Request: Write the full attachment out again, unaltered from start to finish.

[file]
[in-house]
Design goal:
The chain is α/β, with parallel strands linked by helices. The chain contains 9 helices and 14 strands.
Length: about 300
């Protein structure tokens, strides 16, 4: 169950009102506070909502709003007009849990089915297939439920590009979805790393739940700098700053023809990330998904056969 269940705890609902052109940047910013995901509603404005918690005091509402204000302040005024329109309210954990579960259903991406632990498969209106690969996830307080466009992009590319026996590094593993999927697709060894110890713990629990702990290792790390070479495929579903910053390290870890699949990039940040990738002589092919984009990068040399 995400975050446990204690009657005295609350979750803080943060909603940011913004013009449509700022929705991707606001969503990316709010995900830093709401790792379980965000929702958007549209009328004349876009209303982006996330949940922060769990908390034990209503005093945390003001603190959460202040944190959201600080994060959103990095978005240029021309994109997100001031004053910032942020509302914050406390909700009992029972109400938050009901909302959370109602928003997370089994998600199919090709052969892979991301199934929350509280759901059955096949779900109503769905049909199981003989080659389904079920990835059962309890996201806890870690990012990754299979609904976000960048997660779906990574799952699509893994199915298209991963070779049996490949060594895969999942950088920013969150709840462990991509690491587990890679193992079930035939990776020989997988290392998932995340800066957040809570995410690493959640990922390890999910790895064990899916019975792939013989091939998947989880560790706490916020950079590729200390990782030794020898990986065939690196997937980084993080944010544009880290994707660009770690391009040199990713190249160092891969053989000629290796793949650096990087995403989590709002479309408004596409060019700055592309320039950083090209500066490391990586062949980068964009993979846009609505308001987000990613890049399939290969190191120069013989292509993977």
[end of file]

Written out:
[in-house]
Design goal:
The chain is α/β, with parallel strands linked by helices. The chain contains 9 helices and 14 strands.
Length: about 300
């Protein structure tokens, strides 16, 4: 169950009102506070909502709003007009849990089915297939439920590009979805790393739940700098700053023809990330998904056969 269940705890609902052109940047910013995901509603404005918690005091509402204000302040005024329109309210954990579960259903991406632990498969209106690969996830307080466009992009590319026996590094593993999927697709060894110890713990629990702990290792790390070479495929579903910053390290870890699949990039940040990738002589092919984009990068040399 995400975050446990204690009657005295609350979750803080943060909603940011913004013009449509700022929705991707606001969503990316709010995900830093709401790792379980965000929702958007549209009328004349876009209303982006996330949940922060769990908390034990209503005093945390003001603190959460202040944190959201600080994060959103990095978005240029021309994109997100001031004053910032942020509302914050406390909700009992029972109400938050009901909302959370109602928003997370089994998600199919090709052969892979991301199934929350509280759901059955096949779900109503769905049909199981003989080659389904079920990835059962309890996201806890870690990012990754299979609904976000960048997660779906990574799952699509893994199915298209991963070779049996490949060594895969999942950088920013969150709840462990991509690491587990890679193992079930035939990776020989997988290392998932995340800066957040809570995410690493959640990922390890999910790895064990899916019975792939013989091939998947989880560790706490916020950079590729200390990782030794020898990986065939690196997937980084993080944010544009880290994707660009770690391009040199990713190249160092891969053989000629290796793949650096990087995403989590709002479309408004596409060019700055592309320039950083090209500066490391990586062949980068964009993979846009609505308001987000990613890049399939290969190191120069013989292509993977």